At this point in the pandemic, we're all looking for something enjoyable to distract us – even momentarily – from all the chaos, which may explain why the simple, no-frills Wordle game has become so popular. It's a web-based puzzle that asks players to guess a new five-letter word every day, in six tries or less, and everyone gets the same word. You may have seen people sharing the grey, green and yellow square patterns on Twitter, which shows how they did on Wordle that day without giving the solution (more on that in a sec).ContentsWhere can I find Wordle? How to play Wordle? What are those squares that everyone shares on Twitter? Is there anything else I need to know?
From a lovely New York Times Wordle profile creator and software engineer Josh Wardle (get it?), he designed the game as a gift for his partner Palak Shah, who loves word games and crossword puzzles. The pair apparently got into the NYT Spelling Bee and Daily Crossword Puzzles in 2020, and Wardle wanted to create a new game that Shah would like. The perceived rarity of the game - only one puzzle per day - leaves the player wanting more.
The game is web-based, so there's no official app to download (although that's not for lack of trying by a few imitators). You can play using a mobile or desktop browser; just go to www.powerlanguage.co.uk/wordle/. You have until midnight, when the word resets and a new word is there for you to guess. I often start a game, leave the browser tab open, and come back later to try and find the correct word.
Everyone has their own strategy for how they approach that first blank grid of squares. Picking a word that has lots of vowels as your first guess is a solid plan; once you rule out the different vowels, it narrows down the word choices considerably (and no, I'm not telling you my secret seed word). Type your word and press "Enter".
The letters which are in the word and which are in the correct place will then turn green, the letters which are in the word but in a different place will be yellow and the letters which are not in the day will be grey. Note that a green or yellow letter may appear more than once in a word - for example, if you roll a green "a", there could be another "a" elsewhere in the word - but you won't know not necessarily until you play the next word. And no fake words are allowed - the game will send you a "Not in word list" message if you try to enter AEIOU, for example.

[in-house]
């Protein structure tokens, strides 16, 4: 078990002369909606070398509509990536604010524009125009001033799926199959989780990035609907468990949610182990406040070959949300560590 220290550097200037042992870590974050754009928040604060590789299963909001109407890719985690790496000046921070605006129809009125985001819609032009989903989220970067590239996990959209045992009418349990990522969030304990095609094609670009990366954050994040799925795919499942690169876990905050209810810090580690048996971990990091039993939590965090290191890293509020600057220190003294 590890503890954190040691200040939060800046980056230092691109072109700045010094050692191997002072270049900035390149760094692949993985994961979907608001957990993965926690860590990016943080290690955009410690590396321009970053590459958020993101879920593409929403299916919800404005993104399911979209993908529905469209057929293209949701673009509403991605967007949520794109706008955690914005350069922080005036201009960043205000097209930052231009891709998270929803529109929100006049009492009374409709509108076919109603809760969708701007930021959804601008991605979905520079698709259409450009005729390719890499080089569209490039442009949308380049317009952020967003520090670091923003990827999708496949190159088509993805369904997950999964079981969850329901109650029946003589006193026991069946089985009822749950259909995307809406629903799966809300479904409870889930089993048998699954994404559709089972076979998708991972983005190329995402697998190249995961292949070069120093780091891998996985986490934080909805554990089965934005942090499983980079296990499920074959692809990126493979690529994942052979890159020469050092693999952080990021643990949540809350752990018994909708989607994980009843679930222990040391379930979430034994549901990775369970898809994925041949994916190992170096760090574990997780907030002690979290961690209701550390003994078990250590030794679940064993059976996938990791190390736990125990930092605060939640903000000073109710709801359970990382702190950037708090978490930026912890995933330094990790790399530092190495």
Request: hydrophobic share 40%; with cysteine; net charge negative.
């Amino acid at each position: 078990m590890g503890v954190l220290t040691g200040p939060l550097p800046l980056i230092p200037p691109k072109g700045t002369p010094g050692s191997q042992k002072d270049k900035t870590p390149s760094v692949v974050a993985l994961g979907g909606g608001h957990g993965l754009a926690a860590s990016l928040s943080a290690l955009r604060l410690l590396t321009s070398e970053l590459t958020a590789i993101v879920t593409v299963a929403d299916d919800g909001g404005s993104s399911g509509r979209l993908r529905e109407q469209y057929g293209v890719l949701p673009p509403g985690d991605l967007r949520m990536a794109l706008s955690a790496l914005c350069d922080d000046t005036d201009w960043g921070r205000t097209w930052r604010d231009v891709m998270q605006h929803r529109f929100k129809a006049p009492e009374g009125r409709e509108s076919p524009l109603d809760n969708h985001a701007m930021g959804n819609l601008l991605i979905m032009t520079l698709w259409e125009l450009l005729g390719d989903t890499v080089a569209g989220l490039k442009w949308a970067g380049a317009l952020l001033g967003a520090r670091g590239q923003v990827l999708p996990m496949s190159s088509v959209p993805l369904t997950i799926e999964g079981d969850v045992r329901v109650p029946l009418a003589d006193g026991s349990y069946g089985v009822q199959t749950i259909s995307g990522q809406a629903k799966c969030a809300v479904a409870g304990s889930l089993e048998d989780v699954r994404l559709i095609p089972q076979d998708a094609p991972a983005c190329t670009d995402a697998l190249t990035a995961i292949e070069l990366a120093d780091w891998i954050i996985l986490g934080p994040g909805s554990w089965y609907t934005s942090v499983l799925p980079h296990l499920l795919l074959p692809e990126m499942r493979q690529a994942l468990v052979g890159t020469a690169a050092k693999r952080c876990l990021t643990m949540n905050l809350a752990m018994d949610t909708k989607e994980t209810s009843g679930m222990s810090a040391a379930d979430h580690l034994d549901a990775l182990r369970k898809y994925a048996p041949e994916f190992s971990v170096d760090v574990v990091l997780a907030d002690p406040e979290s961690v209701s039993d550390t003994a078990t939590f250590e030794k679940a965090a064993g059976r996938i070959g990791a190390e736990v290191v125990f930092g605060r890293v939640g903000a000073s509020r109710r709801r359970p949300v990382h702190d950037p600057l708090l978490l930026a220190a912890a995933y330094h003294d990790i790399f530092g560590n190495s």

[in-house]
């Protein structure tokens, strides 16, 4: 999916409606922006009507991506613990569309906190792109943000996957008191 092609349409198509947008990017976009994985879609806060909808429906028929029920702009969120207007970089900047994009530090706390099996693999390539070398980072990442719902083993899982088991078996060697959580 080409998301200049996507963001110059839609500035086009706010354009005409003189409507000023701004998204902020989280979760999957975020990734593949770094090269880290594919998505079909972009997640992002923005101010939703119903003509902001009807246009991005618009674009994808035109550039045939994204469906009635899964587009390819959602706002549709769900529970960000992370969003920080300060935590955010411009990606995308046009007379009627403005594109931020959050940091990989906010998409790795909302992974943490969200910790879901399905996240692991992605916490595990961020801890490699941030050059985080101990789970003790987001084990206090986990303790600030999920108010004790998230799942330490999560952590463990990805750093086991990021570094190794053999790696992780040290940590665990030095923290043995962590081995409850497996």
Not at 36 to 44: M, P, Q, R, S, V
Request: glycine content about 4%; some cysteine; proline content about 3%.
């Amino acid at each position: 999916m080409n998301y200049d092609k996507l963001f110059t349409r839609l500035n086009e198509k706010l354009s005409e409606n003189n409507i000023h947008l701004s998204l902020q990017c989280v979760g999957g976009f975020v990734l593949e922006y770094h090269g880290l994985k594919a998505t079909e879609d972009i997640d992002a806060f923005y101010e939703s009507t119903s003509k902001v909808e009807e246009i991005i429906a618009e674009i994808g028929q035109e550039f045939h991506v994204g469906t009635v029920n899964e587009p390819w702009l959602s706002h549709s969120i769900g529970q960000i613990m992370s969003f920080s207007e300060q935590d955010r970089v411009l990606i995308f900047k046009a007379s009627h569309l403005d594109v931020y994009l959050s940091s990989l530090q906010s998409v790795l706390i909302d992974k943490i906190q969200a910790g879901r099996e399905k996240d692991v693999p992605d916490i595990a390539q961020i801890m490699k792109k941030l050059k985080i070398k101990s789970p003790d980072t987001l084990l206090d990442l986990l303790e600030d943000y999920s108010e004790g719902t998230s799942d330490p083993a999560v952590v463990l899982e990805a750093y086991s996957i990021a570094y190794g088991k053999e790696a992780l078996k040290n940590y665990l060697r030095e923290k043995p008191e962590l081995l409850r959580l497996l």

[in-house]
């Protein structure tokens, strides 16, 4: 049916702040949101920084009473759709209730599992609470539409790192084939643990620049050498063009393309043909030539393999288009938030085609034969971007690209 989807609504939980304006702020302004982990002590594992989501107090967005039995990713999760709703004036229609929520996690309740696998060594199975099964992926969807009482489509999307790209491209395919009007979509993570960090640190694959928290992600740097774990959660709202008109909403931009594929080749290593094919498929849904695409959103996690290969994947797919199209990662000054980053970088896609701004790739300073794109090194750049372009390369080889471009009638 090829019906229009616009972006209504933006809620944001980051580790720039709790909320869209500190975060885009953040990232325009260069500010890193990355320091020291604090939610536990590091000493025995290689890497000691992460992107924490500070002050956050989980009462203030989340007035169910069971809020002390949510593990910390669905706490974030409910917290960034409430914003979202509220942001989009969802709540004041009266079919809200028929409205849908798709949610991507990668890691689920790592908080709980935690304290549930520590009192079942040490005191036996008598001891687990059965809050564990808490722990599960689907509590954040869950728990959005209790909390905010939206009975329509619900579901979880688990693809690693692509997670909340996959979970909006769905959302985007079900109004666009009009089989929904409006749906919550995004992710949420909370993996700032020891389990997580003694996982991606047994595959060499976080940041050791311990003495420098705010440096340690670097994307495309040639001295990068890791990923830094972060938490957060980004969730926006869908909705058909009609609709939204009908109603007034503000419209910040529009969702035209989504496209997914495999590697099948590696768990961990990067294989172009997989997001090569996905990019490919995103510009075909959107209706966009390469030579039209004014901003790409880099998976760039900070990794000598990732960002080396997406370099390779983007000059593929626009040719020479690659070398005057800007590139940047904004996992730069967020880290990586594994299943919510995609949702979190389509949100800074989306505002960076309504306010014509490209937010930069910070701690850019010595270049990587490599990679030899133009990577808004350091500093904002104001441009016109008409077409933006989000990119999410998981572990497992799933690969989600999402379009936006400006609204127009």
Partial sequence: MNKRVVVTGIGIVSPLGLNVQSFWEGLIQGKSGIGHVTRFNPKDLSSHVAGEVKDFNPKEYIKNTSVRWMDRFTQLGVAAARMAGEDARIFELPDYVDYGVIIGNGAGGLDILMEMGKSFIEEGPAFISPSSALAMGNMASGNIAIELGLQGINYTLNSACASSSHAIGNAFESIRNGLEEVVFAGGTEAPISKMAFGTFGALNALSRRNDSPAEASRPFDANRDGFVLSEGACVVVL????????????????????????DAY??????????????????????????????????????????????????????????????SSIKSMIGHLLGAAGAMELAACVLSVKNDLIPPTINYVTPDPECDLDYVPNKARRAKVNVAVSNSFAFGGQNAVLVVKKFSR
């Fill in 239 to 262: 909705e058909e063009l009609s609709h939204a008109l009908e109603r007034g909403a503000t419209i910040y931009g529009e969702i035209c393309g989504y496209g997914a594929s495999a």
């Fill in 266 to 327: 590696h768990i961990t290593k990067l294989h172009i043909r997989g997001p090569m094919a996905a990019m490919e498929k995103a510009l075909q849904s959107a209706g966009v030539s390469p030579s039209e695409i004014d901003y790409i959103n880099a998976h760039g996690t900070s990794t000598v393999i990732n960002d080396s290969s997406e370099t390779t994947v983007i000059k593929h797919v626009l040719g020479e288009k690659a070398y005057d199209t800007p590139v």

In the screenshot below, the keyboard displays the letters you guessed wrong (i.e. not in the word) in dark gray or black and the letters you haven't guessed yet in light gray. You'll know you've won when all the letters turn green (and a compliment like "Awesome" appears).
Wardle didn't originally create a sharing component for the game, but after seeing users on Twitter sharing their results using green, yellow and blacks, it added a share button that lets you copy your results after you've completed the game in a way that won't give word of the day to anyone who hasn't played it yet. So in the grid below you can see that I guessed completely wrong on the first entry, got two letters correct in the right places on the second attempt, and guessed the word correctly on the third try (not bad!).
There is a high contrast "colorblind" version and a dark mode available; you can activate them by using the gear symbol in the upper right corner next to the word WORDLE. If you're feeling really lucky, you can also turn on "hard mode", which requires you to include hints in the next word. For example, in the first screenshot, on hard mode, I should include the R, T, and O in my third guess (so RADIO wouldn't have worked there).
It should be noted that this display option may be difficult for those who use online screen readers, such as the visually impaired. Developer Cariad Eccleston, founder of antagonist.app, has created a way to make your results accessible (h/t to Liam O'Dell for that tip). Paste the results you copied from the Wordle site into the translator at wa11y.co/, and you'll get a text description of how you did it. Here's today's description:
Of course, since we are on the Internet, Wordle’s the grids have been meme-ified, repurposed for political messaging, and many brands have tried to take advantage of the game's popularity. But Wardle told the BBC he has no plans to include any adverts in the game. and does not collect or do anything suspicious with anyone's data. A cool thing on the internet? We deserve it.